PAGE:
Using Lists For Lead Generation on the Web

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Much like the brick and mortar world, selling successfully on the Web involves a delicate brew of instinct and knowledge. While it takes an amazing product/service and a creative, compelling strategy to win potential customers, we all need a little help from time to time. PPC advertising and SEO are great ways to ensure that prospects find whatever it is that you provide, but lead lists can significantly shorten the distance to a full client or user roster. Using lists for lead generation on the Web requires steady oversight, however, to ensure that you get the right sales leads from the start.

Making certain that sales leads are qualified for your product (or service) is the greatest key to success with lead generation. In the age of the Web, qualifying leads is exponentially easier than in days past, thanks to advanced data mining and the sheer numbers of potential sources to purchase lists. But to qualify a prospect as a lead requires two very important questions to be answered - 1) are you ready to buy now or 2) are you planning on it in the future?

These are two very different questions and the leads that result from each will be different. For example, if you sell an e-commerce shopping cart, you'd better be generating leads (in this case those that are Internet merchants) that are either thinking about switching to another platform or those who are just getting started with their e-commerce aspirations and have not yet made an investment, right? Working with a lead generation provider or customizing a list to ensure you get the right leads - not just the most leads - is what will dramatically shorten this virtual road to success. Using our example, if our campaign is to convert existing merchants to our platform, it would be a good idea to search for communities of Web retailers and inquire directly to see if lead generation is an option. On the other hand, if our aim to acquire those that have not yet purchased an e-commerce platform, perhaps we should direct our queries to domain registrars or web hosts.

Often when businesses turn to individual networks to generate leads on their behalf or large-scale providers to purchase business leads they end up not being categorized well enough to guarantee that leads are interested in the specialized products and services being offered. But whose fault is that? Even working with major companies such as Hoovers or InfoUSA does not guarantee you will get the appropriate list - unless of course you get very involved in the process by seeking out specific attributes (years in business, job title, geography, etc.) If you do it right, sales will increase. If you do it wrong not only are you wasting valuable dollars but you also risk alienating users. Understanding your customers and how they view themselves and their positions within individual companies will be an excellent start. Using our e-commerce software example again, we need to ask, who we are trying to reach? Are we looking to acquire a lead that is responsible for signing purchase orders or one that will actually be installing or working directly with the software. Again, a deep understanding of your audience will ensure that the messages you create are appropriate for and in alignment with your business objectives.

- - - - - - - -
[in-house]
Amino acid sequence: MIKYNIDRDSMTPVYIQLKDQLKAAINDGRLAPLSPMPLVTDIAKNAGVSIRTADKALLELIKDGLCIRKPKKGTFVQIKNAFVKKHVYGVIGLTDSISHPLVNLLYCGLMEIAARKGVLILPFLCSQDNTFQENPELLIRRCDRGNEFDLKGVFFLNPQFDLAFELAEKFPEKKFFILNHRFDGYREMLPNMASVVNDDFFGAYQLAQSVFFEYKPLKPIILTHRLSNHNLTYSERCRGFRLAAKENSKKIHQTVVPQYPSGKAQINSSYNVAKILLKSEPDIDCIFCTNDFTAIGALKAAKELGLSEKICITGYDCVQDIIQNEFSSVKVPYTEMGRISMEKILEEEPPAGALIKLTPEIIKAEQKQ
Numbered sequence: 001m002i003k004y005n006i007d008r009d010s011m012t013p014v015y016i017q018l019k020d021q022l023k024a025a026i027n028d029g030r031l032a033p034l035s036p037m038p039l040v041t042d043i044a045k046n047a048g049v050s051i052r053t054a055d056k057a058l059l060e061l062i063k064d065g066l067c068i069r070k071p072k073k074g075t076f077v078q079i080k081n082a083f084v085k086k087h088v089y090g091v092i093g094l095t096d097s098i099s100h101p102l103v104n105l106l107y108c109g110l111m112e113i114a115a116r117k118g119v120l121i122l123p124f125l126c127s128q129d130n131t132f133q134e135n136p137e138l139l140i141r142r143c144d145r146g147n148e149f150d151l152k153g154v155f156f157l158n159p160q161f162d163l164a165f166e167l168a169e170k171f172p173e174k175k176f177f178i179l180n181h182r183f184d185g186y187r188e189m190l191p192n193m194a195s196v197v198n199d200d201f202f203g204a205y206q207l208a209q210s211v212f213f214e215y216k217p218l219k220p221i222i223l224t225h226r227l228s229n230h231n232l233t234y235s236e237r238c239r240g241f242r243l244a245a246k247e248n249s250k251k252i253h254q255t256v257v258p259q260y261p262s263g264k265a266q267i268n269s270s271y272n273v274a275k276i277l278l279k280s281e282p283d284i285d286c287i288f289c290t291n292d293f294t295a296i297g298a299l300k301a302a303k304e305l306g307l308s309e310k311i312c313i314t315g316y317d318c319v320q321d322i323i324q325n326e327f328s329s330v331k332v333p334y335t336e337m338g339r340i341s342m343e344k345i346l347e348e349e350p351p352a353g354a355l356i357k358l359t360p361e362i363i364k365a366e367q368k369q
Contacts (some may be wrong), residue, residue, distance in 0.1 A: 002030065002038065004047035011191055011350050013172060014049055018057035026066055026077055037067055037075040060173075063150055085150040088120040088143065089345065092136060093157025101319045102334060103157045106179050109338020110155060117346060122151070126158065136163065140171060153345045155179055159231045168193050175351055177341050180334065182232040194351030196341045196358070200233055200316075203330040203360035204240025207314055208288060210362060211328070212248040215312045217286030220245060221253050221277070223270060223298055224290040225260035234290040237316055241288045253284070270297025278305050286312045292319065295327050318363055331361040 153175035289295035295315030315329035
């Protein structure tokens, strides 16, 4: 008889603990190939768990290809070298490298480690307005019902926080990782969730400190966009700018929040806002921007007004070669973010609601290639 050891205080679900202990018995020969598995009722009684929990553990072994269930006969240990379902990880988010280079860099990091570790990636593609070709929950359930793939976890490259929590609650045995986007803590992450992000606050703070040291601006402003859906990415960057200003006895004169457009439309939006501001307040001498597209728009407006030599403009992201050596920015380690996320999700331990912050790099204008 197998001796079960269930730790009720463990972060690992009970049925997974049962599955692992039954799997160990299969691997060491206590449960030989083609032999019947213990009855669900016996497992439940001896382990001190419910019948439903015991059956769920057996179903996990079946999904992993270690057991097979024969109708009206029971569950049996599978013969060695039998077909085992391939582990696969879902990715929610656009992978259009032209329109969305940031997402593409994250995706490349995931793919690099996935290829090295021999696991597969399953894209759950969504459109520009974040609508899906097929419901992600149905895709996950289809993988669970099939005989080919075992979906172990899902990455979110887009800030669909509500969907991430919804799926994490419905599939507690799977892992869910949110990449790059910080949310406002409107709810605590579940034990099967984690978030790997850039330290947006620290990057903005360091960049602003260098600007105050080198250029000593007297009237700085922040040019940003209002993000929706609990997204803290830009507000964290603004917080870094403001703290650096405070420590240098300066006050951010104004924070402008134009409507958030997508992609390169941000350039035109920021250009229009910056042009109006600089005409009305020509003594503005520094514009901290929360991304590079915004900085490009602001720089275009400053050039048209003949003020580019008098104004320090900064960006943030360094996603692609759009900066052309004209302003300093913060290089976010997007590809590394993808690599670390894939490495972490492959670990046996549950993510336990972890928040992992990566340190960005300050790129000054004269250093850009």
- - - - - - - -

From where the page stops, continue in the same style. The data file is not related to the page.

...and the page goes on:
The world of lead lists, especially on the Web, is turning into a multi-channel proposition. No longer are your messages just relegated to the inbox. Now, anywhere your leads put their eyes and ears, you'll have to be there, too. For example, say you purchased a list and didn't get the best response from a cold email you sent. Should you scrap the list entirely? Not today. How about leveraging those email addresses to invite these cold-prospects into social networks like Twitter or Digg - they may already be there waiting for you and would potentially be more open to your messaging there than they would be from their inbox. Developing rich user-profiles from lead lists lets you not only track results but leverage additional opportunities you might come across in the future.

If you are considering purchasing a list, you must:

1) Ask the right questions to generate high quality leads.
2) Acquire leads from the right sources, not the most leads from the most sources.
3) Use the data provided for a multi-pronged, multi-channel approach.

 

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3 comments

MikeH 11-01-2008 6:46 PM

"Acquire leads from the right sources, not the most leads from the most sources."

I'm in search of email addresses specifically for retail automotive dealerships. Any recommendations for the best source?

JeremyP 11-04-2008 2:07 PM

So where would be the best place to find:

1. Small businesses that don't have a website, or...

2. Small businesses that have a website, but are interested in low-cost SEO services?

Peter A. Prestipino 11-05-2008 11:43 AM

MikeH - I don't know of any off hand, but I would seek out list providers that are able to identify the source as one that is automotive focused. For example, it's not unheard of for sites like cars.com to sell their list.

JeremyP - the answer to your first question might simply the YellowPages as the chances are high they don't have websites - you might even find a few that would be interested in SEO services as well.

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